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I was attempting to find out the other day why cinema is spelt with a 'c' and not a 'k', as its etymology would seem to require. While doing so I noticed that the word cinema was used long before it could have had the current meaning, because cinema hadn't been invented. See here:-

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Looking for definitions in the online dictionaries turned up the current meaning, variously dated C19, 1895-1900 or 1909, and no other meaning.

So what did cinema mean in the earlier 19th Century, and briefly around 1705?

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    Looking at the 1705 to 1710 books, 2 are unavailable (so possibly could have cinema in them) and the other two don't have the word cinema in them. I think the early peak in the ngram is a mistake. Commented Apr 24, 2013 at 11:54
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    If you search within the single book representing the 1705 result, cinema doesn't appear. It's probably an OCR error or an indexing issue: Google Books isn't 100% reliable. Note too that the height of the spike is relative: there are fewer books to search, so a single result yields a greater percentage. By 1900, there are millions of books and the number containing cinema represents a smaller percentage. (You probably knew that, but it's worth saying)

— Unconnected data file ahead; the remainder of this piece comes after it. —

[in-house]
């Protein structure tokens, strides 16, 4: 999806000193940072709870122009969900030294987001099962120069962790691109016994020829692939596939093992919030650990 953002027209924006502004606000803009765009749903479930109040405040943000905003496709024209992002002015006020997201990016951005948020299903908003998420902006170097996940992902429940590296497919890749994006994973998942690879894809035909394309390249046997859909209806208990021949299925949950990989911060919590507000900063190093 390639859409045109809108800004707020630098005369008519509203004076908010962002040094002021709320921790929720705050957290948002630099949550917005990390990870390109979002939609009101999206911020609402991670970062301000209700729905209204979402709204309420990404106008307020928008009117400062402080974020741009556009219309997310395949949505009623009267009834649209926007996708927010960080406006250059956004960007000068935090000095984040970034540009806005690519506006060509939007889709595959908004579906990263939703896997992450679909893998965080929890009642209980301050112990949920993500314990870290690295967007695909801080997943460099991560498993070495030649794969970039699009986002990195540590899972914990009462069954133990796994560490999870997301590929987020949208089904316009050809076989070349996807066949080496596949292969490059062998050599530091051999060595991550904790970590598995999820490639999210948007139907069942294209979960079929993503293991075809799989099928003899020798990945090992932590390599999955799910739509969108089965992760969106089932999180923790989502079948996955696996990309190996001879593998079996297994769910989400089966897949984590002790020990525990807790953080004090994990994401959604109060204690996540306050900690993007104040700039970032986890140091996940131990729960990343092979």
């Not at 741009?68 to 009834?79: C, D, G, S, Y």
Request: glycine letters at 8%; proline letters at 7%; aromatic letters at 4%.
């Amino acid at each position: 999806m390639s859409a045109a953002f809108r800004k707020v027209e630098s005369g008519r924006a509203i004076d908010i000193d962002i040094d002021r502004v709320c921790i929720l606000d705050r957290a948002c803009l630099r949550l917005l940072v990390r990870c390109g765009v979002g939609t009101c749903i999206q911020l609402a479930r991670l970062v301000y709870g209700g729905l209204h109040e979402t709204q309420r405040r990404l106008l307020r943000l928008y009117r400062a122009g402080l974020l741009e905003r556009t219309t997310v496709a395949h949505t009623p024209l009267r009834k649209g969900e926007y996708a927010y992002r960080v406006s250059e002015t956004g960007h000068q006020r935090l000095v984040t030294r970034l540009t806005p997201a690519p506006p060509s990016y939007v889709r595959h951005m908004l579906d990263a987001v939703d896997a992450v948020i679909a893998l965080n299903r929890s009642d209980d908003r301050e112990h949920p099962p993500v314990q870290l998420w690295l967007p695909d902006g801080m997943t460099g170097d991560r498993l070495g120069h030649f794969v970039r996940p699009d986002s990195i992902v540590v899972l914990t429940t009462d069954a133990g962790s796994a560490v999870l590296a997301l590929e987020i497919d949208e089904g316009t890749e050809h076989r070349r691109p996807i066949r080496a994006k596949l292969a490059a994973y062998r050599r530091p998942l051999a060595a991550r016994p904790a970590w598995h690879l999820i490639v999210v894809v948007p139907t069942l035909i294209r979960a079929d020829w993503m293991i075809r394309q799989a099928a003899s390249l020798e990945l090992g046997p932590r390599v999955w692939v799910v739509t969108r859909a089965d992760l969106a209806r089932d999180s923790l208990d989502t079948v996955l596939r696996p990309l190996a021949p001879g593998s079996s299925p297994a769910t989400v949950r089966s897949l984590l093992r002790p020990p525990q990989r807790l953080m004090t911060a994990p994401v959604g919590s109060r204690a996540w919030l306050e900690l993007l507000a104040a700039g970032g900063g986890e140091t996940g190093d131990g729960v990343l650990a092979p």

– Andrew Leach
    Commented Apr 24, 2013 at 11:54
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    Searching before 1800 usually produces artefactual result like this. 1800 is a good cutoff date becauſe long S diſappeared about that time, and all S's became recognizable by OCR, inſtead of being detected as F's everywhere except at the ends of words. Commented Apr 24, 2013 at 13:06
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    I just checked through a print copy of the OED and it had no entry for Cinema but it did say this "Cinematic, -al, var of Kinematic -al, 1883 Athenium 3 Mar 281/3 Kinematics, or as it used to be called, cinematics, the name having been translated from the French cinematique, is the geometry of motion" so I guess (guess) that pre-cinema, the term referred to a field of math if it existed.
    – rosends
    Commented Apr 24, 2013 at 13:44
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    In physics course, you may have a unit on kinematics. Which studies and describes motion, I guess. The opposite would be statics, where you study or describe things not in motion, or where the motion is irrelevant.
    – GEdgar
    Commented Apr 24, 2013 at 18:38

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My guess would be an early version of kinematics, before the spelling settled down; see Etymology of 'kinematics'. (That only began around 1840, but as others have said, pre-19th century Google Books results are unreliable: all those steam-driven computers.)

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